Behind every startup founder is a looming statistic: Thirty-two percent of entrepreneurs struggle with two or more mental health conditions. According to the National Alliance on Mental Illness, 1 in 5 US adults--43.8 million, or 18.5 percent--experience mental illness in a given year. Entrepreneurs are at an ever higher risk than the average American to experience depression, anxiety and ADHD--only the top three of an extensive list.

Triggers for mental health issues and startup culture go hand-in-hand. I've seen it first hand -- in people I work with and the companies that join our accelerator programs. Starting a business is never easy, but mental health issues doesn't have to add to the challenge.

May is National "Mental Health Month", but for entrepreneurs support needs to continue throughout the year. The first step for recovery is recognition, and if we as a startup community don't continue to explore this topic and find proper solutions, we will never learn to overcome.

Brad Feld, co-founder of Techstars, starting blogging about his mental health in 2013 and was surprised by the amount, and recognizable names, in the responses he received. Through the network of friends, family and colleagues who gave him a supportive ear to speak freely about his health, he found solutions. But for many, talking is the hardest part.

It's understandable to want to keep quiet, especially when startup life moves so fast. But there are too many instances of our startup brothers and sisters who couldn't find a solution before it was too late.

You're Not Alone.

Know that you are not facing this alone, and there are many avenues available to speak up, listen and learn from nearly a third of entrepreneurs who are struggling. And there are many organizations that want to hear your story, like Impact Founder, Support Groups Central, Sigmend (disclaimer: Techstars funded), that can teach us about ourselves and help us continue to learn from one another.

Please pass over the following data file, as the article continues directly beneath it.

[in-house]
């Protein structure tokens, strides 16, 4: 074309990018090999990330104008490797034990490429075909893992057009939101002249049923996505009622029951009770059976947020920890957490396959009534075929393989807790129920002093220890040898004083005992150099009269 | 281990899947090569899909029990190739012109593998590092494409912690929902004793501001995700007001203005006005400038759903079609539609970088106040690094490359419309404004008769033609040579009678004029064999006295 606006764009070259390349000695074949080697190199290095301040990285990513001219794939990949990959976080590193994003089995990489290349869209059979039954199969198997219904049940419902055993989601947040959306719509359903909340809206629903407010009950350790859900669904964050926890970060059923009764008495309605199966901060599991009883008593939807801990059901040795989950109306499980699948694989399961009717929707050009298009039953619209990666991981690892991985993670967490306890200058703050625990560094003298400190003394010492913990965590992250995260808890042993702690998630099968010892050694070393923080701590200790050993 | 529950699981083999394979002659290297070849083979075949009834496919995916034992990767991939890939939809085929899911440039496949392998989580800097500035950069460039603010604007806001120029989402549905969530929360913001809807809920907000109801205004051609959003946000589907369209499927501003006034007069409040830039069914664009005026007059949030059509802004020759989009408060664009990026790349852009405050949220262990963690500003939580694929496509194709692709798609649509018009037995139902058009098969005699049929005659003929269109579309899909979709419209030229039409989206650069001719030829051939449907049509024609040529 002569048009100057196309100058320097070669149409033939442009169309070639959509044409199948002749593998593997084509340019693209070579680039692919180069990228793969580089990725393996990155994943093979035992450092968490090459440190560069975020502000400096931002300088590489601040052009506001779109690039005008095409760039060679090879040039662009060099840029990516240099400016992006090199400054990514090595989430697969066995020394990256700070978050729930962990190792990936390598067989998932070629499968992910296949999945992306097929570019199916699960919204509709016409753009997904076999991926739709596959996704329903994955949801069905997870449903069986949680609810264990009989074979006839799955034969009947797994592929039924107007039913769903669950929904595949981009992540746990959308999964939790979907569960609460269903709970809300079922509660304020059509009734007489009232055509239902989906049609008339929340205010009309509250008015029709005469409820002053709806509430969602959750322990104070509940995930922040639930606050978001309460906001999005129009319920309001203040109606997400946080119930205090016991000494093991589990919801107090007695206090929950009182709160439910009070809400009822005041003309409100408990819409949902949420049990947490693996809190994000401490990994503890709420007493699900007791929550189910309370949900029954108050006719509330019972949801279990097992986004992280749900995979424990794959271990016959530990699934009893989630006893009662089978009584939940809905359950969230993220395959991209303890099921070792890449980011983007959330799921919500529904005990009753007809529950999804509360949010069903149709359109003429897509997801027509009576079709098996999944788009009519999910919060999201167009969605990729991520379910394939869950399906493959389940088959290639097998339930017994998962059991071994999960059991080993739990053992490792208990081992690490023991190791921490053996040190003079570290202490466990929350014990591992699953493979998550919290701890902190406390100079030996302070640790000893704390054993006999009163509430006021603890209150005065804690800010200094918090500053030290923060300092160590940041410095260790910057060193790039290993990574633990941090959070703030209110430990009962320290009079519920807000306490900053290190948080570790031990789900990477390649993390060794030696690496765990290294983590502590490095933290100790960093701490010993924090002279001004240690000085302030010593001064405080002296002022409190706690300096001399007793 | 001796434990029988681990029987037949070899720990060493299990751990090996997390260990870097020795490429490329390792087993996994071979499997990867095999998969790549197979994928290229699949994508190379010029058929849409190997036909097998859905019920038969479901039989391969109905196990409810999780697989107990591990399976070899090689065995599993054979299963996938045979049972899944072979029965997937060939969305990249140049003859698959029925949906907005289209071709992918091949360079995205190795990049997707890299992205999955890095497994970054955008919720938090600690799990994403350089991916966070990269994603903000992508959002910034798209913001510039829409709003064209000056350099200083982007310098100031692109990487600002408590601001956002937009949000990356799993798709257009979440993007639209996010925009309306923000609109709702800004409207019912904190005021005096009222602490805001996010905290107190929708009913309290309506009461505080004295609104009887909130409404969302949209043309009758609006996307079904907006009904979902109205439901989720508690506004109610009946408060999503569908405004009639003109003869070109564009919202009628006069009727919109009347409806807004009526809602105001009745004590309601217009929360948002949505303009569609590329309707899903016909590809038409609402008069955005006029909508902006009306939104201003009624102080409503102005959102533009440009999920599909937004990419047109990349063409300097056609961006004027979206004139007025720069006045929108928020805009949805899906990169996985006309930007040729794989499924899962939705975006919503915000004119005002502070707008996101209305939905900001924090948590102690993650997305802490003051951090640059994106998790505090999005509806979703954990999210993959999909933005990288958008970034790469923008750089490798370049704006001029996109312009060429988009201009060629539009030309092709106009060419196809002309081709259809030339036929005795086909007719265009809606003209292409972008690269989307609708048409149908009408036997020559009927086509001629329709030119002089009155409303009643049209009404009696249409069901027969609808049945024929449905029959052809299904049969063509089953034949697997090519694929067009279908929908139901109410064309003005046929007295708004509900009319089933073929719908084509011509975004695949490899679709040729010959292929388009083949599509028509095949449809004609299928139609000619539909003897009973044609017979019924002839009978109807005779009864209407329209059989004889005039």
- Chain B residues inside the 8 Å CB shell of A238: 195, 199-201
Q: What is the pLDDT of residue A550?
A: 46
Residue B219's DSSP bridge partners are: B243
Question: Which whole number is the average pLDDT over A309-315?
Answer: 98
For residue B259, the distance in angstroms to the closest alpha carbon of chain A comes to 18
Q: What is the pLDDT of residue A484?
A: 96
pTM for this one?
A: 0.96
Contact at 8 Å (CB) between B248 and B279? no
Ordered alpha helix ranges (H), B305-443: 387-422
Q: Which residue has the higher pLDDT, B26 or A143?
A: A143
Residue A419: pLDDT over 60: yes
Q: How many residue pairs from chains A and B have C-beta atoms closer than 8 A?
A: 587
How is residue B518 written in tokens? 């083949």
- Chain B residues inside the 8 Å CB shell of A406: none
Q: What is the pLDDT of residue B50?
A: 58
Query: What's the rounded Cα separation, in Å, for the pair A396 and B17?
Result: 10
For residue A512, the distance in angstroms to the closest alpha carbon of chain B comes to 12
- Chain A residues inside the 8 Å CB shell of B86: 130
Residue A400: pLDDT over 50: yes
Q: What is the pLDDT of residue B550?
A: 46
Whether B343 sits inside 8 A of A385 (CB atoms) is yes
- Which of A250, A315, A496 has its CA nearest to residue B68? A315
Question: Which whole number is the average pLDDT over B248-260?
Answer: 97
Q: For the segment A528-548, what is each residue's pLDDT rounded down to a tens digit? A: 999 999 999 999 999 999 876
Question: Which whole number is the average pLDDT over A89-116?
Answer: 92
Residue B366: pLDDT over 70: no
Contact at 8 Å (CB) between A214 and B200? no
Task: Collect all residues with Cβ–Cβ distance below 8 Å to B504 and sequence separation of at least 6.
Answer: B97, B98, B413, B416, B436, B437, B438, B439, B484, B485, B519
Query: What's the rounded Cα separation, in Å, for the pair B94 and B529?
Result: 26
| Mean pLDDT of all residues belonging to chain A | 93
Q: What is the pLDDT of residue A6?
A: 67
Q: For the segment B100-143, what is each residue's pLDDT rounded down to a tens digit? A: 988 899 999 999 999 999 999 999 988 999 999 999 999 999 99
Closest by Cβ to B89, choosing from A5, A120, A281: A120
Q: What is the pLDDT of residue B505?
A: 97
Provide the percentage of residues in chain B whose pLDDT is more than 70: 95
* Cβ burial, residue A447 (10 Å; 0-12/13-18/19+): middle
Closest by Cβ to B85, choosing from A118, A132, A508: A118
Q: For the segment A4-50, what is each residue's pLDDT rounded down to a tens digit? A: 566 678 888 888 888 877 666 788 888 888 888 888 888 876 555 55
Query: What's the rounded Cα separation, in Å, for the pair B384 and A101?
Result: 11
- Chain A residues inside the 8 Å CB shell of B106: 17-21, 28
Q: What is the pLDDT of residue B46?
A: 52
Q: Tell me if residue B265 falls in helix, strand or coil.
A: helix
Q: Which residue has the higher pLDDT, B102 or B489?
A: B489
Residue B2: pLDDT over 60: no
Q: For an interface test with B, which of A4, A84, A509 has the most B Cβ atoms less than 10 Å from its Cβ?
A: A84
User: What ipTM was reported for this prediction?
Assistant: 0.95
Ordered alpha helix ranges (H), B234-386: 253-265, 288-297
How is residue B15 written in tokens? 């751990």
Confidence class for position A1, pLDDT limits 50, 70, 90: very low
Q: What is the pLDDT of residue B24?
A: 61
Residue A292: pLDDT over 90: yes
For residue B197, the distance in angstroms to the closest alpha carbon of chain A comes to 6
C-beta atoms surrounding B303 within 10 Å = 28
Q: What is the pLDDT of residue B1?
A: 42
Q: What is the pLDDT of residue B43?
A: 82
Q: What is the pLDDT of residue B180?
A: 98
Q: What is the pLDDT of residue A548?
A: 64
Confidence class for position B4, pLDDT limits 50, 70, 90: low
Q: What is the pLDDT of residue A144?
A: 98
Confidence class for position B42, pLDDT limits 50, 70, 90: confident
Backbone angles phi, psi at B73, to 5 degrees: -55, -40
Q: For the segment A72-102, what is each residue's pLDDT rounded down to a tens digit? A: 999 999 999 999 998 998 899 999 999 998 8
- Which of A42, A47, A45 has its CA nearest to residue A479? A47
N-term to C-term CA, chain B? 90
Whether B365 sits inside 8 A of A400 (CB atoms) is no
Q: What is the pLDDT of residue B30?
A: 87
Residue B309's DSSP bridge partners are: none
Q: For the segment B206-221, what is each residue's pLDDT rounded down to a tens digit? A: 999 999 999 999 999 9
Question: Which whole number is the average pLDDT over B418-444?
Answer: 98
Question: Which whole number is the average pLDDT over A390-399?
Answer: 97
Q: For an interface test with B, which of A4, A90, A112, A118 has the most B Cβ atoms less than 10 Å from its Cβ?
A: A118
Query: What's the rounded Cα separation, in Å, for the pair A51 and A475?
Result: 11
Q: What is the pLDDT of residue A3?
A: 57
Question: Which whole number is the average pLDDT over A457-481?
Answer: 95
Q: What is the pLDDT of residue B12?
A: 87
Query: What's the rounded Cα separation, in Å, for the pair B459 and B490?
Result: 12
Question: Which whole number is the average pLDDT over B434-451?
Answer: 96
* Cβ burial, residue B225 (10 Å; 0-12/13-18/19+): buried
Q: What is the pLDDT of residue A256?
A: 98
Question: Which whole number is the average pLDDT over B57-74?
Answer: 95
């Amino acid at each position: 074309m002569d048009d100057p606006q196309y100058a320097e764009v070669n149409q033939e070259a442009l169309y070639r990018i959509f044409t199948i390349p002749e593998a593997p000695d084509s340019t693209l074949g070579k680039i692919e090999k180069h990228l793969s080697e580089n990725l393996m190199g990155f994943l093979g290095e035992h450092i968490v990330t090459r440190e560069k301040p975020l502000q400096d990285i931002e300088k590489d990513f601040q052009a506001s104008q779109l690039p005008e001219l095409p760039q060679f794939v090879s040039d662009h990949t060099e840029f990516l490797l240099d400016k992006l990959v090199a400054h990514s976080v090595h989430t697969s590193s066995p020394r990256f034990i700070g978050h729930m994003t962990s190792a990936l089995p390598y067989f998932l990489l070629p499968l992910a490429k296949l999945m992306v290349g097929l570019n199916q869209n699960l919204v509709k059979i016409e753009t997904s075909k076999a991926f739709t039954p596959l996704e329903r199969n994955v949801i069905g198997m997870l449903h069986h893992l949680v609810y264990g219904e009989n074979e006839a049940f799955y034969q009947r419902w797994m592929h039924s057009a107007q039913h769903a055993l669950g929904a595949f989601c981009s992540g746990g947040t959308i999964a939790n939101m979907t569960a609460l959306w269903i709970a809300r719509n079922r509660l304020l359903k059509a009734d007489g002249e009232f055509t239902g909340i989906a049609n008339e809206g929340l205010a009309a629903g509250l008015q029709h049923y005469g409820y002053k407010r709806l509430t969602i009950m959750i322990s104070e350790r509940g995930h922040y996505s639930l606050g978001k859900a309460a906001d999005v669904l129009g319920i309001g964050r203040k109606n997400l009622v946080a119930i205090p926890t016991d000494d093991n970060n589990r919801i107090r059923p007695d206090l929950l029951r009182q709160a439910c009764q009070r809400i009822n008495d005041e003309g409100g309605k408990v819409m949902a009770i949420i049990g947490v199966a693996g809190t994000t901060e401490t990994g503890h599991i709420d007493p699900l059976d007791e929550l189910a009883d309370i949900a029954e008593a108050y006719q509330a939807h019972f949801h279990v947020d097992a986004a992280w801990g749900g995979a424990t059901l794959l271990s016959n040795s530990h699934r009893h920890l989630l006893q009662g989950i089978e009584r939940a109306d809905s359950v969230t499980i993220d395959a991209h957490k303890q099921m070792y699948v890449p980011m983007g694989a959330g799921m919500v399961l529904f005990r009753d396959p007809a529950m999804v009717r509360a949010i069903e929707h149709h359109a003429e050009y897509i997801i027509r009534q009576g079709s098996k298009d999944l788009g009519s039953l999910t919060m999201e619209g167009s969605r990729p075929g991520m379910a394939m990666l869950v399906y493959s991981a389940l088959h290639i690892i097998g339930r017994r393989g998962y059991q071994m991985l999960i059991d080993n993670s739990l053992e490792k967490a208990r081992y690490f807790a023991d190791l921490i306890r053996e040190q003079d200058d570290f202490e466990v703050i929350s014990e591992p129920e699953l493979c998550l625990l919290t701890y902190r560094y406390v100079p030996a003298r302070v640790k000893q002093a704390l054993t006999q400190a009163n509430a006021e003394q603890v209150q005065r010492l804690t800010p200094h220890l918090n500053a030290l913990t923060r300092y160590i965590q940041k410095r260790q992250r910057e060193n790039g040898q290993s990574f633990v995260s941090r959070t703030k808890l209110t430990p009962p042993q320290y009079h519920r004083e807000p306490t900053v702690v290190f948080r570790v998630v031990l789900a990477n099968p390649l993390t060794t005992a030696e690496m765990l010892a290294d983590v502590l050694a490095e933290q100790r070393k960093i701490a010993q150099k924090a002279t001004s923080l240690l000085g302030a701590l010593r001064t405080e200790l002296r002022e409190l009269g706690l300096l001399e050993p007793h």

Understand Symptoms.

We need to be the first to diagnose ourselves. If we don't understand, or at least suspect, that we may be dealing with a mental health issue larger than every-day stress, it may not hit the surface until it's bubbled over.

Mental Health America offers a free Mental Health Toolkit that helps users understand that some common behaviors are risk factors or indicators of mental health conditions. The organization has also compiled a list of other tools and tests to help you better understand your own mental health landscape.

Those who suffer from depression often battle feelings of inferiority that create a false sense of self-worth, and in our world, entrepreneurs are bound to compare themselves to the greats like Steve Jobs and Bill Gates.

No matter how successful you are, there's always going to be somebody who did it better or earlier or made a greater profit. When 90 percent of startups fail to meet their projections it's easy to blame yourself, but, again, you're not alone.

Create Open Workplaces.

The stigma around mental health struggles is dissipating, and it's important--especially in a startup environment--to take appropriate measures for self-care. Who could forget the amazing story of the startup CEO who praised his employee for taking time off to focus on her mental wellbeing.

Equally as important as prioritizing your mental health is fostering a compassionate work environment that acknowledges the potential mental health struggles of employees. At Techstars, we've pledged to end stigma on mental health by publishing insightful blogs from our community on many mental health topics, providing free counseling and creating a bank of solutions for founders who are struggling.

Startups are rife with situations that counter what every mental wellness expert would tell you to do. You shoulder too much responsibility, make difficult decisions and engage in competitor comparison. What sets successful businesses apart is not ignoring mental health struggles across the company, but challenging employees to face them head on in order to create better leaders, and a better business.

As we are thrust into 2018, let's make sure we continue to talk about mental health on a consistent basis and not just during one month of the year. The ongoing dialogue will help others recognize these issues and will give entrepreneurs the strength necessary to overcome daily challenges.